About Milca Altamirano: Milca Altamirano was born and has grown up in Tucson. She chose the University of Arizona for both undergraduate studies, where she earned a Bachelor’s Degree in Gender and Women’s Studies, and for law school. She plans to graduate law school in May 2023 and is currently working on her finals and two substantial notes papers of thirty pages each, for a grand total of sixty pages of legal writing. It took a while for Milca to settle on her undergraduate degree but she took a class in Gender and Women’s Studies and was fascinated. She studied this discipline as applied to environmental issues, HIV/AIDS, and immigration. During undergraduate studies, Milca worked for a personal injury law firm. This allowed her to get practice going through evidence and learning legal terms. After this, she felt more comfortable with her decision to go to law school.
Milca always knew she wanted to do immigration law and she’s always been ambitious, disciplined, and driven. She is a first generation law student and did not know any lawyers growing up but she credits her mother for supporting her so she could go to law school. Milca’s mother is very proud of her. Growing up, Milca would prove her point so her mother probably always knew she would go to law school! Additionally, Milca’s partner is supportive and excited for her. Even though she was planning on doing Americorps work for gap year after graduation, when the COVID-19 pandemic hit, she made the decision to go straight into law school. She decided to attend the University of Arizona James E. Rogers College of Law after she read a journal of environmental law and policy article on climate-induced migration and the impact of environmental change.
During the summer of 2021, Milca interned with the Florence Immigrant and Refuge Rights Project. This was difficult and she learned about second-hand trauma from interviewing children in immigration detention. The conditions during the pandemic with remote interviews challenged her because as she says, “empathy doesn’t really translate well over screens.” She would ask the children questions about themselves unrelated to the case to establish a connection because it would be easier to explain dense legal concepts, such as confidentiality. Additionally, she did interviews in the Spanish language, a skill that will serve her well doing further work in immigration law.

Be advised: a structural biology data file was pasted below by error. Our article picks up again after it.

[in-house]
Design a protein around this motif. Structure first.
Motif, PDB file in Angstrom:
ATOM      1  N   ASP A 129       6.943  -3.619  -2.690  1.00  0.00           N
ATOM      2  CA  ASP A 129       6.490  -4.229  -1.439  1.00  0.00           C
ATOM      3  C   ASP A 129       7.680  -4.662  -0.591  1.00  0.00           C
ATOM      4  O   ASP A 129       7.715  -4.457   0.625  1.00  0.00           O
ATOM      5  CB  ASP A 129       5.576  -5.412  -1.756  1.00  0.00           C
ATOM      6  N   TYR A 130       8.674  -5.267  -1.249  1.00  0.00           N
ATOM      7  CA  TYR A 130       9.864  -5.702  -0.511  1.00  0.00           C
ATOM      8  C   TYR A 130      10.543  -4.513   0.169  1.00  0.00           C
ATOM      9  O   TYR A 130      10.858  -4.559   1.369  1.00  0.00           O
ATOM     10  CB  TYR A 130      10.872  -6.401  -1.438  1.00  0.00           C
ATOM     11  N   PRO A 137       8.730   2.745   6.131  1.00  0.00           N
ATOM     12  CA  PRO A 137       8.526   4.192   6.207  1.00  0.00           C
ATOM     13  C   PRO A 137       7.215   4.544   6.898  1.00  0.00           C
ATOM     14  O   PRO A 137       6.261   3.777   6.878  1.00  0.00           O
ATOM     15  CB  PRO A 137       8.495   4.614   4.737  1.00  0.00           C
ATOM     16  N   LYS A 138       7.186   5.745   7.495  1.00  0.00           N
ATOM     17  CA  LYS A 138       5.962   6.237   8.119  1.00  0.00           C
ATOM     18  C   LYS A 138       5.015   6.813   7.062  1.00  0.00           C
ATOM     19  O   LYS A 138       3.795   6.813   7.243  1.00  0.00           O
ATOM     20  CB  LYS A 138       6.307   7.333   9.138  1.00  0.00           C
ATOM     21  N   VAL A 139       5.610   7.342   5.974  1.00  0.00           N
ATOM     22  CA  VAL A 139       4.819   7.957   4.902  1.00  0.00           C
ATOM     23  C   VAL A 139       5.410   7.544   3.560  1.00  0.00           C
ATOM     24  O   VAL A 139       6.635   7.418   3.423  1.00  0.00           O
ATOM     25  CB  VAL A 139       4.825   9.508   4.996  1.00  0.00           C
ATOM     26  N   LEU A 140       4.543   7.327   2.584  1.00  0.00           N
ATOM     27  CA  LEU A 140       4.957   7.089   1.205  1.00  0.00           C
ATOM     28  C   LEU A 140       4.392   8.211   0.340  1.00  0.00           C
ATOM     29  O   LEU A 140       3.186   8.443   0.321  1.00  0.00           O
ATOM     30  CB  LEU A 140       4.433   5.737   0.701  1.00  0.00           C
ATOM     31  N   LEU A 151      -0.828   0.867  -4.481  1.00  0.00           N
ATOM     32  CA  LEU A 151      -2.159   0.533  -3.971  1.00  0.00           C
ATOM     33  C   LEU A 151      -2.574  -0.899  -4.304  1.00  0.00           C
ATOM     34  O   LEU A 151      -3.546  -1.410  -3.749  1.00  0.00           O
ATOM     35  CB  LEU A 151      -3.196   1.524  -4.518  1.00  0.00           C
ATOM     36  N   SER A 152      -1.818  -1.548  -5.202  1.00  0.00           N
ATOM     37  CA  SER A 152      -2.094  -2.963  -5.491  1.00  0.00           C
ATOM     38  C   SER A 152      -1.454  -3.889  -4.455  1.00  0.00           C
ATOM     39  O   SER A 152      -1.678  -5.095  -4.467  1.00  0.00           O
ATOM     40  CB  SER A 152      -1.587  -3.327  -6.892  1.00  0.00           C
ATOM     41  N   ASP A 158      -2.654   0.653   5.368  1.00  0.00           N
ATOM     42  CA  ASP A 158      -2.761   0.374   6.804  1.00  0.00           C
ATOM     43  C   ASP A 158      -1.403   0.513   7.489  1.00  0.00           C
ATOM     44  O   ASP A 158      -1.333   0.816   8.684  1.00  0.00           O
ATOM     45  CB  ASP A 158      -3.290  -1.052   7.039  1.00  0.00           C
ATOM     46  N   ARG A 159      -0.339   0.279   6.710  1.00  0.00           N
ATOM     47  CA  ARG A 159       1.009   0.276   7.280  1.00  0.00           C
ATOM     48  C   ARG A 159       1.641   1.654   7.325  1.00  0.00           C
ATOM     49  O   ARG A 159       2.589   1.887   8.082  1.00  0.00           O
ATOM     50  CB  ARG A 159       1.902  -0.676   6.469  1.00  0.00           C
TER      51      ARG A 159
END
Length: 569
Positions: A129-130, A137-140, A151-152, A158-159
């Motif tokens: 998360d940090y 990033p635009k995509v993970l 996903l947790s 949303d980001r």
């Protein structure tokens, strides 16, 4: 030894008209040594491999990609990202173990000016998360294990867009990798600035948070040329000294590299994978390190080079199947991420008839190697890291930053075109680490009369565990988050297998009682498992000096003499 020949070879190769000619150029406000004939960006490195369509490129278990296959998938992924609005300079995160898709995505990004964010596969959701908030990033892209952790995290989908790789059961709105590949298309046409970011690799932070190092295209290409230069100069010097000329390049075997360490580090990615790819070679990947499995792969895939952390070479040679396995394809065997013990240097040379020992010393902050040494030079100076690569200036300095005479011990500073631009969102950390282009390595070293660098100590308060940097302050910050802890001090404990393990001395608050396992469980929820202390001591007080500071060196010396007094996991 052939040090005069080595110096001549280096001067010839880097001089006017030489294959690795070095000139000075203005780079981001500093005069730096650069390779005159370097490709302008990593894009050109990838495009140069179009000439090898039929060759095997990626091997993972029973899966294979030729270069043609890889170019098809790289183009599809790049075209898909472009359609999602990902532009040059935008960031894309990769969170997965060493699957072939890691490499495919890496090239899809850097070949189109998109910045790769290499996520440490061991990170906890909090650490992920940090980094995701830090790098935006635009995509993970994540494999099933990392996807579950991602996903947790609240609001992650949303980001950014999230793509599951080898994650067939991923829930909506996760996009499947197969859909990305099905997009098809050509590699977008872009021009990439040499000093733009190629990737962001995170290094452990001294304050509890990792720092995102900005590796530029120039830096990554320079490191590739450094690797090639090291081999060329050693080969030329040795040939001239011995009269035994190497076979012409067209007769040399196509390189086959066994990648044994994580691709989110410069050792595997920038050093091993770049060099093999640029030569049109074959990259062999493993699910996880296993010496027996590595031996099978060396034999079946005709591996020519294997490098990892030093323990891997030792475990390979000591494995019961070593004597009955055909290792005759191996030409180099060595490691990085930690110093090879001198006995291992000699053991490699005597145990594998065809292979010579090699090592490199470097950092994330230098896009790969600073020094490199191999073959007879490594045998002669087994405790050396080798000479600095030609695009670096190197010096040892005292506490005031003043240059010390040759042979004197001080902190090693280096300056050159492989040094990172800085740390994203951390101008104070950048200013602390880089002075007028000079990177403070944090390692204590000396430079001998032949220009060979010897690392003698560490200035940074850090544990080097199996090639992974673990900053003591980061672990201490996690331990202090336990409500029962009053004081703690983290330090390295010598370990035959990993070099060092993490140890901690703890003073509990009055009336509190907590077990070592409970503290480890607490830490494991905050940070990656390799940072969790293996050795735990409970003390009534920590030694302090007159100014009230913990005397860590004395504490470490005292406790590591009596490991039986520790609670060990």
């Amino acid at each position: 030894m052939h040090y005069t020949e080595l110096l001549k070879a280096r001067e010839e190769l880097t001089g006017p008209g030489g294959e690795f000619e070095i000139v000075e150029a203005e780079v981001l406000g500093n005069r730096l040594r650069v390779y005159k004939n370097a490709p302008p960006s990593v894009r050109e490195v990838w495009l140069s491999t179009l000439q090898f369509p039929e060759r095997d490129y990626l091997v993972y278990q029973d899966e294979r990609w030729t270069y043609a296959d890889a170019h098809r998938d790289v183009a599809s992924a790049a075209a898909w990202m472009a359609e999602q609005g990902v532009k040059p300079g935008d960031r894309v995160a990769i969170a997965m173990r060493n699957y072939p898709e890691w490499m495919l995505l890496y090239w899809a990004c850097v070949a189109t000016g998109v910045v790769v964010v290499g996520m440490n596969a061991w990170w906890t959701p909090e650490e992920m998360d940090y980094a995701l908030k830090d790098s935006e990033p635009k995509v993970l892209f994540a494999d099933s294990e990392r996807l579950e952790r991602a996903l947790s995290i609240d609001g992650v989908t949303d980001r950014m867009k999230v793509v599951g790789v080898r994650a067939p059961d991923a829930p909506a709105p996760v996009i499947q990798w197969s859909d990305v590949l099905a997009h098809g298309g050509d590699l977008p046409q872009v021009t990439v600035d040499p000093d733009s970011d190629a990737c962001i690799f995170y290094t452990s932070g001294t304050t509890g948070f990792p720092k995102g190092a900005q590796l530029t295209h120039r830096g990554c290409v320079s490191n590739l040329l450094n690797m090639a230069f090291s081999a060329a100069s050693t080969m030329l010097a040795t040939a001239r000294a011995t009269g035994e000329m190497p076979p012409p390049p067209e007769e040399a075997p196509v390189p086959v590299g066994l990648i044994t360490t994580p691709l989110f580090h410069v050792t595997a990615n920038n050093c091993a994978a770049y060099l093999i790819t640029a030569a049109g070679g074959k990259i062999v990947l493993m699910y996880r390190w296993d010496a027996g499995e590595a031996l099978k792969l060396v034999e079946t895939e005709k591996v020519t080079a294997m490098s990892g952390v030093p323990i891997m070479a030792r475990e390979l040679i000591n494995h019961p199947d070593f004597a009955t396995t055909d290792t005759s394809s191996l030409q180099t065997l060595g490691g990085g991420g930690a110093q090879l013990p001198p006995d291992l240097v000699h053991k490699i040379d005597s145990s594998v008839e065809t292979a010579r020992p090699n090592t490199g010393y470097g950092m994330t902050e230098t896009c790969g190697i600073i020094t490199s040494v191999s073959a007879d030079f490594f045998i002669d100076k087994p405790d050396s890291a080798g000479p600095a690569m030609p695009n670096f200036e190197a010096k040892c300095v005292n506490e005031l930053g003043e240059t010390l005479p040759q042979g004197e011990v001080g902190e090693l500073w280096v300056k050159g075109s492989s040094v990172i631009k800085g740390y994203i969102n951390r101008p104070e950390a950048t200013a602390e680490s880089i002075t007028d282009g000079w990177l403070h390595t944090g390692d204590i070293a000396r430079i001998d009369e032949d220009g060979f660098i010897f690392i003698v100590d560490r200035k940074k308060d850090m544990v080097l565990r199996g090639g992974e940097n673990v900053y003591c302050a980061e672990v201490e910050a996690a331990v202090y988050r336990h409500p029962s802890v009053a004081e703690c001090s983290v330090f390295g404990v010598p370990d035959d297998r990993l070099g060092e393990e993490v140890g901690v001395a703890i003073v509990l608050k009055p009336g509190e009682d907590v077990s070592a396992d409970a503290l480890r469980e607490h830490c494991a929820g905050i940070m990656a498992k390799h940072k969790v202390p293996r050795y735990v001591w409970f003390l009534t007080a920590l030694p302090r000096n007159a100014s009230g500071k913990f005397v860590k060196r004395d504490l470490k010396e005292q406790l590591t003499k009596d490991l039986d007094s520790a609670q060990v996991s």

Milca has enjoyed the Worker’s Rights Clinic and is currently trying to experience more externships to gain practical experience. Her last year of law school will not be a time for slacking off. Along with more externships, she plans to take conflicts of law, employment law, another immigration law class and advanced legal writing (she has already taken immigration law and refugee law classes). She plans to take the July 2023 Arizona bar exam. She wants to remain in Tucson and work for a nonprofit. She really enjoys her time here with her family and lifelong friends. Her family has two cats and eventually she wants to adopt a dog. She enjoys going out to eat, hanging out with friends, family, and her partner of two years, and having adventure weekends in Phoenix, trying out new things and exploring.
At SALA this summer, Milca can look forward to continuing to strengthen her skills as an emphatic lawyer and putting together compelling applications to USCIS. She will sharpen her legal writing skills and client interviewing skills in English and Spanish. She will gain some important exposure to the non-profit legal environment, improve in communication with attorneys and support staff. She brings many skills to SALA’s immigration unit this summer and we are very excited to work with her.
For questions or comments about the blog, please contact us at: Connections@sazlegalaid.org